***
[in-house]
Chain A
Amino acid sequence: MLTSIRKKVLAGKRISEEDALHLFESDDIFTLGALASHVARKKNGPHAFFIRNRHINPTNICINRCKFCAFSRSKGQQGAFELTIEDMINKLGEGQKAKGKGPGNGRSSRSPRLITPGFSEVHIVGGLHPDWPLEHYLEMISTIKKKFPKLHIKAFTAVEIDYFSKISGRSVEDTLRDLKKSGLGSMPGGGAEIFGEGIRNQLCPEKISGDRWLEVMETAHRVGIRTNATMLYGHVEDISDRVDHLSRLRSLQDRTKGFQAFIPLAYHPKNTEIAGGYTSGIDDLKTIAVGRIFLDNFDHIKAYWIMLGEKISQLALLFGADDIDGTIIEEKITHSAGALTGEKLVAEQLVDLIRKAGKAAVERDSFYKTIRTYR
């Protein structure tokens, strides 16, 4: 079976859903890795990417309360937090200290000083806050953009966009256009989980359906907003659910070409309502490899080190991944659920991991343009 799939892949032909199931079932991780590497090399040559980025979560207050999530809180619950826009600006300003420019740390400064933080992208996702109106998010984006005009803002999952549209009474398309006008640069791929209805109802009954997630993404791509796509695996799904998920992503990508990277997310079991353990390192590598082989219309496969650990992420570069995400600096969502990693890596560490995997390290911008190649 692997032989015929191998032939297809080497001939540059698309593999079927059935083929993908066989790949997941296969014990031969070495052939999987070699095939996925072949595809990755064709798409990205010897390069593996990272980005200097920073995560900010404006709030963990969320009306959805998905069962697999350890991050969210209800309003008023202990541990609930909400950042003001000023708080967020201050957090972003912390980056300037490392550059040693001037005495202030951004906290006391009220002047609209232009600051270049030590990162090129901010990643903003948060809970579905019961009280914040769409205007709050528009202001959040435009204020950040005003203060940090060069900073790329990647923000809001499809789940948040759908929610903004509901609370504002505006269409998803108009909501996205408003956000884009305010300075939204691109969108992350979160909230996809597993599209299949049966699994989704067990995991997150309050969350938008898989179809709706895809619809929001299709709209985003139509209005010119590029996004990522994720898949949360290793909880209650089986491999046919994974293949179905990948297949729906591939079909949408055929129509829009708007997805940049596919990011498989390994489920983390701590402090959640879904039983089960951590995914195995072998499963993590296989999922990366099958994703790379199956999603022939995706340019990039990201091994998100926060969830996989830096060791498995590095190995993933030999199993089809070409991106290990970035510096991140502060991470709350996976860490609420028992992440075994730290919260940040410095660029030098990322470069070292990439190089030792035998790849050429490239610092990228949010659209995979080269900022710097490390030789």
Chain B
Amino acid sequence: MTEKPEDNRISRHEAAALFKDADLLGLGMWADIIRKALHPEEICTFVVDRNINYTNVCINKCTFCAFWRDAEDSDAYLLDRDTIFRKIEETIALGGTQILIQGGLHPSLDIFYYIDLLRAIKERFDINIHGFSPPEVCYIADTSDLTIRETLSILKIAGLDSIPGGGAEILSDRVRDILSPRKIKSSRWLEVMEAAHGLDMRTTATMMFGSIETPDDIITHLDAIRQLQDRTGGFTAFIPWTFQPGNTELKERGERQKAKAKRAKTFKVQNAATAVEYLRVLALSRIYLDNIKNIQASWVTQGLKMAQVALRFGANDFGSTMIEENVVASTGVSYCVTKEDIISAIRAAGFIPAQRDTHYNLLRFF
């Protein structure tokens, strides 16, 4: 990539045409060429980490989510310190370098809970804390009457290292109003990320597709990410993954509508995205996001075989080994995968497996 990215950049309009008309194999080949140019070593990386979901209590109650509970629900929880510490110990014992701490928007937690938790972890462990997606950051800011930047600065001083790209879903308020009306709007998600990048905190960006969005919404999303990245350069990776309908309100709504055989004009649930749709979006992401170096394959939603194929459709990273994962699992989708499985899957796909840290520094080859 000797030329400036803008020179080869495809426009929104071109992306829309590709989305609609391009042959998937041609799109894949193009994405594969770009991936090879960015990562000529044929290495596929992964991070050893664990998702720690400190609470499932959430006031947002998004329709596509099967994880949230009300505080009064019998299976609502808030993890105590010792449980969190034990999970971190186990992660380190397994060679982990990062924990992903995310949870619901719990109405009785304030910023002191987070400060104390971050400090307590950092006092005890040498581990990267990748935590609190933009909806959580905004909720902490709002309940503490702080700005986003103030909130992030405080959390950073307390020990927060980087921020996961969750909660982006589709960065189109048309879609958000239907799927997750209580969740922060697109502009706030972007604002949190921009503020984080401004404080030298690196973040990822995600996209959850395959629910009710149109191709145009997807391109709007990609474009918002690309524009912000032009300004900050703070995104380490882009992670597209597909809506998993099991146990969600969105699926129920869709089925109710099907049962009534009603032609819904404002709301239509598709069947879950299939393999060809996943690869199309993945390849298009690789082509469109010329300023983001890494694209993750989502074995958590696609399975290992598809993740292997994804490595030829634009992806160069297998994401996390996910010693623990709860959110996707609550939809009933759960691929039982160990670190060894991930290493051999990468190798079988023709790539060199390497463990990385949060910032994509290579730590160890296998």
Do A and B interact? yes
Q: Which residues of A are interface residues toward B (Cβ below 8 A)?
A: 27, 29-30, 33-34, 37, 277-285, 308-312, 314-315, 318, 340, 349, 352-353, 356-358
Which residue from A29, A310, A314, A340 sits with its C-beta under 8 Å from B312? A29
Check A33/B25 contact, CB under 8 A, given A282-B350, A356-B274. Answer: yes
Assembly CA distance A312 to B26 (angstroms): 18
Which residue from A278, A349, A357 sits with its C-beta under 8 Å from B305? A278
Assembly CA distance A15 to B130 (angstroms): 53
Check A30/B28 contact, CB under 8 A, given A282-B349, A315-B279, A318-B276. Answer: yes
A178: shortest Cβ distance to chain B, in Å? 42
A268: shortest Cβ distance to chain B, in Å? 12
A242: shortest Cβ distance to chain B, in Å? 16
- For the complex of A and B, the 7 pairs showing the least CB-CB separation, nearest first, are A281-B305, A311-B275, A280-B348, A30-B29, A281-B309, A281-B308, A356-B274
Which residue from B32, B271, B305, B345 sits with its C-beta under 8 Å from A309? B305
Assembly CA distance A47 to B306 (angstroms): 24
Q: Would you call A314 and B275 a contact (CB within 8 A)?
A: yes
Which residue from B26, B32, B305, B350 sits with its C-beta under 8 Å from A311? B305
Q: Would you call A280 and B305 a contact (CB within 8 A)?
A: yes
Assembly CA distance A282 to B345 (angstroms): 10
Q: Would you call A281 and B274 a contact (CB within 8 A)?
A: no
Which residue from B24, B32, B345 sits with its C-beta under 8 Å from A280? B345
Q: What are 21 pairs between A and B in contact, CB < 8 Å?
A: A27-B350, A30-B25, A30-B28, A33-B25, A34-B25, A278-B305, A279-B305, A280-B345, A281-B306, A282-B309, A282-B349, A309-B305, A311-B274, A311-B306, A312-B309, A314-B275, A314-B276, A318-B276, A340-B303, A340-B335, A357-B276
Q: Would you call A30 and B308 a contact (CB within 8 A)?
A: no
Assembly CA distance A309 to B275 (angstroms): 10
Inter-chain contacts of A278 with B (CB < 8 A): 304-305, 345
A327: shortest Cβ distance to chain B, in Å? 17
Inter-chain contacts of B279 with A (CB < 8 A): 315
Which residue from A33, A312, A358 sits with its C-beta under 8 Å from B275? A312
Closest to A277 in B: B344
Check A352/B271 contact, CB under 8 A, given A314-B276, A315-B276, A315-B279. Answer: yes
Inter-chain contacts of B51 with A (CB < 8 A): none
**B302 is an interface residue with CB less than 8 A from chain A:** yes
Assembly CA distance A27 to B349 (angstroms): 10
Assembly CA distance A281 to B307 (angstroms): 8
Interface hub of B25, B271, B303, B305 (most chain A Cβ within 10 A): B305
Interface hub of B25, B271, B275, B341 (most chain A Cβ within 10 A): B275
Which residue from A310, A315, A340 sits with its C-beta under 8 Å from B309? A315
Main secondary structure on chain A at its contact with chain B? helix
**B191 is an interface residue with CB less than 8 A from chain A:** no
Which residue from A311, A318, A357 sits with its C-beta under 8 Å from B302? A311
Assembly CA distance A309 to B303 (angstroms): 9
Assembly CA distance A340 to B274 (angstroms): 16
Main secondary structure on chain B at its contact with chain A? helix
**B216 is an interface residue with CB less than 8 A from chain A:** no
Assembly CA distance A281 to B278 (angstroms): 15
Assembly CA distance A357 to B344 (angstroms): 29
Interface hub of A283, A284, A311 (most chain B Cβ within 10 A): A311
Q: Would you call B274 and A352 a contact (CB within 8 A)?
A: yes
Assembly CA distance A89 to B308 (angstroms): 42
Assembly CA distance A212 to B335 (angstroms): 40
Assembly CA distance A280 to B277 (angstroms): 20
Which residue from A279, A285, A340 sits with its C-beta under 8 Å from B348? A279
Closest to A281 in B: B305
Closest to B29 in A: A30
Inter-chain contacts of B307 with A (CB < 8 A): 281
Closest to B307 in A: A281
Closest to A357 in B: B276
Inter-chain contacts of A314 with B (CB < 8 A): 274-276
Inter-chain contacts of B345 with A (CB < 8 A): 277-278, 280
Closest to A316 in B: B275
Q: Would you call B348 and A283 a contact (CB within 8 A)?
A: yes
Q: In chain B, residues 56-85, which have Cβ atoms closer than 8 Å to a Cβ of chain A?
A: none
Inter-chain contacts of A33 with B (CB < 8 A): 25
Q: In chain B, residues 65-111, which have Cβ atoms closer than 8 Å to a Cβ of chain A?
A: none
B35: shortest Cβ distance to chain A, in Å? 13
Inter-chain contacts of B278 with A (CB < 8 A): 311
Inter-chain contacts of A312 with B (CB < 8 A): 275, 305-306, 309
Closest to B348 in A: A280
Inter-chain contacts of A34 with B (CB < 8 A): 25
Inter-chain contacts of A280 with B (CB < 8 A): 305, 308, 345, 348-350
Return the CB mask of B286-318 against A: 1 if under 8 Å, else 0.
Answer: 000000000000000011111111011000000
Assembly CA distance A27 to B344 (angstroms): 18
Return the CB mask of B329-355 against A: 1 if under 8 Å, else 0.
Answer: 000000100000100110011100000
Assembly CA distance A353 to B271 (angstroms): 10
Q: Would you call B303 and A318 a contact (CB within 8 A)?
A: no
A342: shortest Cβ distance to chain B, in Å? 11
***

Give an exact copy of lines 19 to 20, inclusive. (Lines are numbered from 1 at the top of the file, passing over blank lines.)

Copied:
A242: shortest Cβ distance to chain B, in Å? 16
- For the complex of A and B, the 7 pairs showing the least CB-CB separation, nearest first, are A281-B305, A311-B275, A280-B348, A30-B29, A281-B309, A281-B308, A356-B274